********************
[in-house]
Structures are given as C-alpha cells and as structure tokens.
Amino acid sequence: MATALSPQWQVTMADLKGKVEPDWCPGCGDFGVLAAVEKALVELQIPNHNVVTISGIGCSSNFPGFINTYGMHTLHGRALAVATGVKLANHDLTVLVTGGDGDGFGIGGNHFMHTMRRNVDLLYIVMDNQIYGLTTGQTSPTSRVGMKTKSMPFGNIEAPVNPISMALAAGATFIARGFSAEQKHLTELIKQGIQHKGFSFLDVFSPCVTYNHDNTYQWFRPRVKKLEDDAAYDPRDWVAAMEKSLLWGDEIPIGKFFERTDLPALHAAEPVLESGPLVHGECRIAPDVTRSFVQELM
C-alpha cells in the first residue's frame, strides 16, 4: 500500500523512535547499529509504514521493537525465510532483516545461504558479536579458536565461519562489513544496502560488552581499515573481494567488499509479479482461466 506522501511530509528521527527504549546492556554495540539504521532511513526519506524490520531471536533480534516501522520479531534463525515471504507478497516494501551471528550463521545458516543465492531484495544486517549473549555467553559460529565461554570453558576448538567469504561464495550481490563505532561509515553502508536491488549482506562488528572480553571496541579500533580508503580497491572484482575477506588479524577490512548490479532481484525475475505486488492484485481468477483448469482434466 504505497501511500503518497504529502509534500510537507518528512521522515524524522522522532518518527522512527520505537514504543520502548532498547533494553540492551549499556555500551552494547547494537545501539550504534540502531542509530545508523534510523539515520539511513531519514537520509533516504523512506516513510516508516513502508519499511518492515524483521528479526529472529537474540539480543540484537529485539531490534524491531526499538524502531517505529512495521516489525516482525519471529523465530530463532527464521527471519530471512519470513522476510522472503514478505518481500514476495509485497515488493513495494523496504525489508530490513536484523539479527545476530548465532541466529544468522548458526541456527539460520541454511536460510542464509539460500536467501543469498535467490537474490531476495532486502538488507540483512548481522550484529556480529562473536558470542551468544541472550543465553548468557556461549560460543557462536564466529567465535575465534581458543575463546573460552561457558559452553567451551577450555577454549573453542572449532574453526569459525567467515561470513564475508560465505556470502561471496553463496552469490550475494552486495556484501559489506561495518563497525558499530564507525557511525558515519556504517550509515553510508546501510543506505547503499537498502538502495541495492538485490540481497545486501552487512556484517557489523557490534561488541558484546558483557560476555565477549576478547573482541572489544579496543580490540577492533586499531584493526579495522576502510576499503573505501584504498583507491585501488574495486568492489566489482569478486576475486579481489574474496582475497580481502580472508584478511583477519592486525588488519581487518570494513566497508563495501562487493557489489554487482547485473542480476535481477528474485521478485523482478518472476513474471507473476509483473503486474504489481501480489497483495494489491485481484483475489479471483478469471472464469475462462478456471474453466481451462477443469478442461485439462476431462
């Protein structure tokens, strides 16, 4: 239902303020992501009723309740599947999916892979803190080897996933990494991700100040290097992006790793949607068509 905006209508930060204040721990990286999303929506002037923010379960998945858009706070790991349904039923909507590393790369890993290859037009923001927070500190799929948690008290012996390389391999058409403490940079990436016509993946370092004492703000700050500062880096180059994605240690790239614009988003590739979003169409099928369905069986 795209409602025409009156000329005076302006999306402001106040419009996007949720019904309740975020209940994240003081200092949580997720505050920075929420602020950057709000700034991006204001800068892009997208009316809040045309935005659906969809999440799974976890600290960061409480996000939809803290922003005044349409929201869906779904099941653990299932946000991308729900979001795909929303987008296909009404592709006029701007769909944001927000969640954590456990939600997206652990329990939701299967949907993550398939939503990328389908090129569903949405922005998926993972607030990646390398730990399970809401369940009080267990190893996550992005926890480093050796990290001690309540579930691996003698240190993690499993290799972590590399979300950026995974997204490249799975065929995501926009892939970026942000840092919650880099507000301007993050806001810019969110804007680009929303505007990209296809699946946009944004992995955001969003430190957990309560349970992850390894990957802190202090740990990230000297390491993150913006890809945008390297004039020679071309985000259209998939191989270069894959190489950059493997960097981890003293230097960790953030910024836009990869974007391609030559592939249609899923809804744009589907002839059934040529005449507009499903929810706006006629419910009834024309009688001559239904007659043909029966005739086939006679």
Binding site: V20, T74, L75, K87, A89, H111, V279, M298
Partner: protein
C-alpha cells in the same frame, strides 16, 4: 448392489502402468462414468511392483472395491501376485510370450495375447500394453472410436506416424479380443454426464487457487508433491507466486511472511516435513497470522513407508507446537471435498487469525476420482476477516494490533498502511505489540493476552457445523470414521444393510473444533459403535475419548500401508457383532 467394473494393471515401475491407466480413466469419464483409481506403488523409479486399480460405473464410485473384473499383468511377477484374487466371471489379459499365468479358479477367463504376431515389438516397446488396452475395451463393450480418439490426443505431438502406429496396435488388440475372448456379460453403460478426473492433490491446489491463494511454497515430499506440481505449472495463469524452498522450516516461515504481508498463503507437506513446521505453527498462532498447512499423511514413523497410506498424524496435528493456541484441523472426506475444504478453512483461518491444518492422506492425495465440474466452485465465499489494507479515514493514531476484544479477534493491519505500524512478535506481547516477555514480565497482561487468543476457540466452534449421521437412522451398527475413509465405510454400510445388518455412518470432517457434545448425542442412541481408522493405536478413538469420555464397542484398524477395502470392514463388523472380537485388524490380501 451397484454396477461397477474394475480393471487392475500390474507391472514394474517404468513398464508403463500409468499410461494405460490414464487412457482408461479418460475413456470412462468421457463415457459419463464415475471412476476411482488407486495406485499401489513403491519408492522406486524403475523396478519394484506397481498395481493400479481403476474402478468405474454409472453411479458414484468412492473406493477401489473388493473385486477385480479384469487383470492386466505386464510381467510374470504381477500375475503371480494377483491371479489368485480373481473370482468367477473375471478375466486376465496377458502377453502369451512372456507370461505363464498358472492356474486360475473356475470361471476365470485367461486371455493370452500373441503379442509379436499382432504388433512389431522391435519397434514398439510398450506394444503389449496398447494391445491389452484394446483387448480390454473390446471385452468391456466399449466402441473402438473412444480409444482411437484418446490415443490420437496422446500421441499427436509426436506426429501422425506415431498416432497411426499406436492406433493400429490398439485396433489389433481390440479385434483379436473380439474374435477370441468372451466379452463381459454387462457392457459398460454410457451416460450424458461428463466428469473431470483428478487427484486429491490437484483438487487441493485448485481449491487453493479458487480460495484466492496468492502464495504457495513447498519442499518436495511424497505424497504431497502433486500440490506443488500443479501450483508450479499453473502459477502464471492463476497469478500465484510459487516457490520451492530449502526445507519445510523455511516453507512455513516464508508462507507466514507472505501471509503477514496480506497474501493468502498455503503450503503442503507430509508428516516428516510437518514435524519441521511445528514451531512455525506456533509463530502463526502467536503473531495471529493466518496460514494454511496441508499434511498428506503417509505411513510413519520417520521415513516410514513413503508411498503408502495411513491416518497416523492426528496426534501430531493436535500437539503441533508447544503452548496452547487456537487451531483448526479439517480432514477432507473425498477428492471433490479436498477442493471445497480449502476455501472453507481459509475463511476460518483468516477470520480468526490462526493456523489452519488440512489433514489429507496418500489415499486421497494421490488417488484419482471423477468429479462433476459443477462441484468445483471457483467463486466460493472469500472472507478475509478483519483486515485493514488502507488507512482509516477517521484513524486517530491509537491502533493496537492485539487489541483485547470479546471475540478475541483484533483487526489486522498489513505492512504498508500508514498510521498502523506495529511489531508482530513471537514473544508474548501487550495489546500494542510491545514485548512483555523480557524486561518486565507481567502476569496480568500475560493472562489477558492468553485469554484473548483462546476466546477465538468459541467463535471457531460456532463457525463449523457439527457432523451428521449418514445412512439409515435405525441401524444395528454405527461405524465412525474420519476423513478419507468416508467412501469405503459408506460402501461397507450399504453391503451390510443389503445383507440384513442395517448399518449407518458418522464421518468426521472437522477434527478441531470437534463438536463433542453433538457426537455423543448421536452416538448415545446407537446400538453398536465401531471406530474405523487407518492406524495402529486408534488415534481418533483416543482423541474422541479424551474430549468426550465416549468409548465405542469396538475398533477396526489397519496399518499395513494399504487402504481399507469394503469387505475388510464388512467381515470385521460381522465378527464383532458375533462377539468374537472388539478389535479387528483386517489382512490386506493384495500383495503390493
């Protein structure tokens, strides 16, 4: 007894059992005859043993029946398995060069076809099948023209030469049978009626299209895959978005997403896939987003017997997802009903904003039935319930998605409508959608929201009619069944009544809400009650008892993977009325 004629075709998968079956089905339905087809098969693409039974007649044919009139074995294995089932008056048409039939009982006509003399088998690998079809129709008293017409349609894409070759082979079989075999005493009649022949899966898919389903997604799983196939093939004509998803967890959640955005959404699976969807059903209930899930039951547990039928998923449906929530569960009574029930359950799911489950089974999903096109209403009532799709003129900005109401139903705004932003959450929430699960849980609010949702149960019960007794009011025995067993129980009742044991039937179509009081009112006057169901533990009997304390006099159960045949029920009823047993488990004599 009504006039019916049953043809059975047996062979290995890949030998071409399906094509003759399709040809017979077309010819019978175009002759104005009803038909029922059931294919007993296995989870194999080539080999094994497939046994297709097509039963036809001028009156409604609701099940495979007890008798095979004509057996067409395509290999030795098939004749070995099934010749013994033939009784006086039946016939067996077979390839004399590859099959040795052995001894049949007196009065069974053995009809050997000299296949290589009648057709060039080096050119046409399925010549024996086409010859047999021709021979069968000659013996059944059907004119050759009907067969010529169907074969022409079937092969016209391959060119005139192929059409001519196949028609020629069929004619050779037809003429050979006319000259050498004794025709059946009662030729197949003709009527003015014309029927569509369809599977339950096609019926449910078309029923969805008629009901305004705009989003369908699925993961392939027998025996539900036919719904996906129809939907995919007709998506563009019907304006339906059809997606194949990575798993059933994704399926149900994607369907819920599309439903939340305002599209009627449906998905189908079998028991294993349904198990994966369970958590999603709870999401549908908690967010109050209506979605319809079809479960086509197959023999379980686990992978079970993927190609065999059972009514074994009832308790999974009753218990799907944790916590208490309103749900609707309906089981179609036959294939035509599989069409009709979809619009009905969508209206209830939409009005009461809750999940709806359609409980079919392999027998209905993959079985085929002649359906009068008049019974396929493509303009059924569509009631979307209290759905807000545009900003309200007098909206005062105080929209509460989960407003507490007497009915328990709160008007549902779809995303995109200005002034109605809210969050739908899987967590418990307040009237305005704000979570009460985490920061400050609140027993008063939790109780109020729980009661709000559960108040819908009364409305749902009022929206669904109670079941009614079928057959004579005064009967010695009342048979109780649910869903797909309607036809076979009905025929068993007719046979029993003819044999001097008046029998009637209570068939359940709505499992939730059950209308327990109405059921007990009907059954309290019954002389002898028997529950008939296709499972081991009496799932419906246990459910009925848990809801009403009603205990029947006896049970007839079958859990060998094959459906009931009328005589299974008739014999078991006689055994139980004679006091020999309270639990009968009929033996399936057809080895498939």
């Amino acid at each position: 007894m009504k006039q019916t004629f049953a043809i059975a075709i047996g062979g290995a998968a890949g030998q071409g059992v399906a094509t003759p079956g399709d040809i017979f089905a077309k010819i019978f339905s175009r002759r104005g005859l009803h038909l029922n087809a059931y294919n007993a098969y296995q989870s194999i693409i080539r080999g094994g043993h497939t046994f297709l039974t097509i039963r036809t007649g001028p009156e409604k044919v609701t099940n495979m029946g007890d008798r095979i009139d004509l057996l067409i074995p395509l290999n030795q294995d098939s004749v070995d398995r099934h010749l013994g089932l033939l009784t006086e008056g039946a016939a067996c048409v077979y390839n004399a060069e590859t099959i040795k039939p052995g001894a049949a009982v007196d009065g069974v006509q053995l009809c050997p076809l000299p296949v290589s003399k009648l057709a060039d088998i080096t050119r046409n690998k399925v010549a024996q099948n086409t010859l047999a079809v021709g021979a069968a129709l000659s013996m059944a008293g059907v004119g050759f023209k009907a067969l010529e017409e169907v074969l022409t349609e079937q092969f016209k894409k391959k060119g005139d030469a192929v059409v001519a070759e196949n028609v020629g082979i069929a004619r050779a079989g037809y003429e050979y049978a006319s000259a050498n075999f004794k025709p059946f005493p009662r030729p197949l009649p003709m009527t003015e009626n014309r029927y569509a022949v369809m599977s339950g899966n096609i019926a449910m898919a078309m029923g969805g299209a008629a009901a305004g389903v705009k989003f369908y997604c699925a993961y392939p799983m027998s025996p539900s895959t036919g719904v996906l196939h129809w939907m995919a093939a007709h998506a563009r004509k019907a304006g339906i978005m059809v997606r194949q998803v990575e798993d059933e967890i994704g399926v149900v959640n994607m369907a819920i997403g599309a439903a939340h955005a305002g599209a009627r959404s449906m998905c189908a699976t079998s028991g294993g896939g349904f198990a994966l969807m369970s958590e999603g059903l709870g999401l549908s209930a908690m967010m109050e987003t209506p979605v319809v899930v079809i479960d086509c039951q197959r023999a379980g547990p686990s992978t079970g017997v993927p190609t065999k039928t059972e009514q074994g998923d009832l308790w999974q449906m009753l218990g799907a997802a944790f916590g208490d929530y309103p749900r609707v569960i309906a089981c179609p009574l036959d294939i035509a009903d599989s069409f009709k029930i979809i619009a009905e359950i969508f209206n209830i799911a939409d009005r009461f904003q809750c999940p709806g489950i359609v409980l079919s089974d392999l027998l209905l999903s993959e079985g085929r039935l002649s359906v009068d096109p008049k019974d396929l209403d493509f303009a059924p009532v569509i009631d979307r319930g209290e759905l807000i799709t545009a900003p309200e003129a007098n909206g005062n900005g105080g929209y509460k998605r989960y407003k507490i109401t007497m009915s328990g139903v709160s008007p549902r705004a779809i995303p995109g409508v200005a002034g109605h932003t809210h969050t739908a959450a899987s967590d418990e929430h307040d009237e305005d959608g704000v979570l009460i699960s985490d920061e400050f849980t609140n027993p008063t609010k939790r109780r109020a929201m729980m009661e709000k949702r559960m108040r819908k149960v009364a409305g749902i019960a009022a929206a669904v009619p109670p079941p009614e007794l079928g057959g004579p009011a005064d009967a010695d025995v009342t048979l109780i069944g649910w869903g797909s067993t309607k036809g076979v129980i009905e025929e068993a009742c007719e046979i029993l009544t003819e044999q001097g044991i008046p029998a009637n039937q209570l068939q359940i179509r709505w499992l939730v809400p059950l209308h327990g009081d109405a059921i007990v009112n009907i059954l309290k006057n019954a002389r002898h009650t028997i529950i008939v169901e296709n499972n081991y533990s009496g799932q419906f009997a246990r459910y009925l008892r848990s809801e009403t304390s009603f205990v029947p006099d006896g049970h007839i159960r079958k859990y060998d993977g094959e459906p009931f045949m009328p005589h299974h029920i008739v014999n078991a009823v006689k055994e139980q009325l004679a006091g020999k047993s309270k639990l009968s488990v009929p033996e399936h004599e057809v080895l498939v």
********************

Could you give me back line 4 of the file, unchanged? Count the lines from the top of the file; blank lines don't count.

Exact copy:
C-alpha cells in the first residue's frame, strides 16, 4: 500500500523512535547499529509504514521493537525465510532483516545461504558479536579458536565461519562489513544496502560488552581499515573481494567488499509479479482461466 506522501511530509528521527527504549546492556554495540539504521532511513526519506524490520531471536533480534516501522520479531534463525515471504507478497516494501551471528550463521545458516543465492531484495544486517549473549555467553559460529565461554570453558576448538567469504561464495550481490563505532561509515553502508536491488549482506562488528572480553571496541579500533580508503580497491572484482575477506588479524577490512548490479532481484525475475505486488492484485481468477483448469482434466 504505497501511500503518497504529502509534500510537507518528512521522515524524522522522532518518527522512527520505537514504543520502548532498547533494553540492551549499556555500551552494547547494537545501539550504534540502531542509530545508523534510523539515520539511513531519514537520509533516504523512506516513510516508516513502508519499511518492515524483521528479526529472529537474540539480543540484537529485539531490534524491531526499538524502531517505529512495521516489525516482525519471529523465530530463532527464521527471519530471512519470513522476510522472503514478505518481500514476495509485497515488493513495494523496504525489508530490513536484523539479527545476530548465532541466529544468522548458526541456527539460520541454511536460510542464509539460500536467501543469498535467490537474490531476495532486502538488507540483512548481522550484529556480529562473536558470542551468544541472550543465553548468557556461549560460543557462536564466529567465535575465534581458543575463546573460552561457558559452553567451551577450555577454549573453542572449532574453526569459525567467515561470513564475508560465505556470502561471496553463496552469490550475494552486495556484501559489506561495518563497525558499530564507525557511525558515519556504517550509515553510508546501510543506505547503499537498502538502495541495492538485490540481497545486501552487512556484517557489523557490534561488541558484546558483557560476555565477549576478547573482541572489544579496543580490540577492533586499531584493526579495522576502510576499503573505501584504498583507491585501488574495486568492489566489482569478486576475486579481489574474496582475497580481502580472508584478511583477519592486525588488519581487518570494513566497508563495501562487493557489489554487482547485473542480476535481477528474485521478485523482478518472476513474471507473476509483473503486474504489481501480489497483495494489491485481484483475489479471483478469471472464469475462462478456471474453466481451462477443469478442461485439462476431462